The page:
Minturno During the World War II
The people of Minturno suffered greatly during World War II, finding themselves under German occupation, and positioned on the very edge of the German Gustav Line. This German defence line effectively cut Italy in half. It stretched from the mouth of the River Garigliano on the west coast to the mouth of the River Sangro in the east of Italy. Inland it passed by the beautiful abbey of Montecassino. From here the Germans had a dominating position overlooking the plain of Cassino and controlling the main road of Casilina and therefore access to the capital of Rome and the north.
The population of Minturno had to endure persecution and reprisals by the Germans and also famine. In addition the local villages endured heavy land and naval bombardments by the Allied forces which resulted in catastrophic damage, and the deaths and casualties of many innocent civilians. Many Minturnesi were forced to flee to the mountains and surrounding countryside.
Following long and bloody battles to cross the River Garigliano, American troops stepped in to relieve the battle weary British 5th Division in a manoeuvre named “Operation Diadem”.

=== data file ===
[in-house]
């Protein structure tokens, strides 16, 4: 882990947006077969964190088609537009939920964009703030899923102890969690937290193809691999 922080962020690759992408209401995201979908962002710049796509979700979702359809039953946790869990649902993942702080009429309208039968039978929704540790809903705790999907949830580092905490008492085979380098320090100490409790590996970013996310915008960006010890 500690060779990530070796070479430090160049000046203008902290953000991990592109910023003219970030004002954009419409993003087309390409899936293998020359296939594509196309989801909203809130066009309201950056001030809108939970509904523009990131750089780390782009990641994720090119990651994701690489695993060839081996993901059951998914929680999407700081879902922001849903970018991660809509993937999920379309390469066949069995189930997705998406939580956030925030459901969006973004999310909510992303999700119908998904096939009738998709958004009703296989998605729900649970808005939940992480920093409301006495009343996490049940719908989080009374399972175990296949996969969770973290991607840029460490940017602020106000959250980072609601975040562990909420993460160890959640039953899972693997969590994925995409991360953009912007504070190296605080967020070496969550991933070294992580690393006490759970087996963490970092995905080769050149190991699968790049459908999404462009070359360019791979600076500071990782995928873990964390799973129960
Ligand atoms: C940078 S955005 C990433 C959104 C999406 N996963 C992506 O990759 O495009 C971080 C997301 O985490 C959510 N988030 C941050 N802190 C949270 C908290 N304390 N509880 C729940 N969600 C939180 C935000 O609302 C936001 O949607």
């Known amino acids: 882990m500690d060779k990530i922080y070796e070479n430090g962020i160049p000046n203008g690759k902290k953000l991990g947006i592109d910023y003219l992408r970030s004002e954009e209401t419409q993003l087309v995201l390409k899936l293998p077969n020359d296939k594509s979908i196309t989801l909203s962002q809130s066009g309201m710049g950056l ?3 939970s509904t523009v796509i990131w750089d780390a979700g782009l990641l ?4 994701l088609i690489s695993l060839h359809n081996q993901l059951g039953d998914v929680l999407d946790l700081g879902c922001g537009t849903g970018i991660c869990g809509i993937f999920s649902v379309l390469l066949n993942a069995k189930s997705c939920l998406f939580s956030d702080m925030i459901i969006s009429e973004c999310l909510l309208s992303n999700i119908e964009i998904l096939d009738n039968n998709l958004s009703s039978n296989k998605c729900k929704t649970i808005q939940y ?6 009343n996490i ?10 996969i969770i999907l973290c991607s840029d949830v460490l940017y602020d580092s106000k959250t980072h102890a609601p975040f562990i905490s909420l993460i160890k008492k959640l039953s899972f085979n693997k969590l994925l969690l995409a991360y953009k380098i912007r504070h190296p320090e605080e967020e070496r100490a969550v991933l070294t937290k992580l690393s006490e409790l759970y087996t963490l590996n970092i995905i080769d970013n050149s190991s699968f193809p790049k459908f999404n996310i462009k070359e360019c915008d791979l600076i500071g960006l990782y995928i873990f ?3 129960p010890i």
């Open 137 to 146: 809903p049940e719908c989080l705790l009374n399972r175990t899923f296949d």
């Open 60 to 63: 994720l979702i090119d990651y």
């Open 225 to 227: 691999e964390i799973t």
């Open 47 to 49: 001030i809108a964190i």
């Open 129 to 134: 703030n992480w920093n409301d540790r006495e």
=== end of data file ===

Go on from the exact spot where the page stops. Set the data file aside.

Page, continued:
The Allies finally managed to take Minturno and the hilltop village of Santa Maria Infante. However this victory was short lived, as after more ferocious fighting the Germans succeded in reclaiming control of this area.
The allies continued to encounter stiff German resistance. The final battle took place on the 11th May 1944 and the object was to capture the village of Santa Maria Infante. This was to be a particularly bitter and bloody battle which lasted for sixty hours without interuption. The village was finally liberated 0n the 14th May 1944, and this proved to be a defining moment as at long last the GUSTAV line was breached, forcing a German retreat.
The French Expeditionary Corps of Moroccan Goumiers, who were skilled in mountain warfare, continued to make their way forward over the seemingly impassable terrain of the Aurunci Mountains, while the 88th Division surged ahead, taking the seaward facing villages of Spigno Saturnia, Castellonorato, Trivio, Maranola, then on through Formia, Itri, Fondi, Monte San Biagio to Roccagorga.
Continuing northward some of the 88th Division made contact with Allied units breaking out of the Anzio beach-head on 29th May and they were the first to enter Rome on the 4th June 1944.
Minturo, Santa Maria Infante and other local villages had suffered severe damage during the bombardments.
Some photographs of the village of Santa Maria Infante taken during the liberation of the village.
Minturno went on to be awarded the La Medaglia D’Oro Al Valor Civile :
“During the Second World War the town and its surrounding areas, located behind the Gustav Line, were the scene of harsh battles and violent bombing that caused many casualties and extensive damage. Citizens, unarmed and exhausted by deprivations, were put to the sword by the retaliation of the German army in retreat. Countless were the examples of love for the homeland and of the noble spirit of sacrifice – Minturno (LT), 1943-1944 “.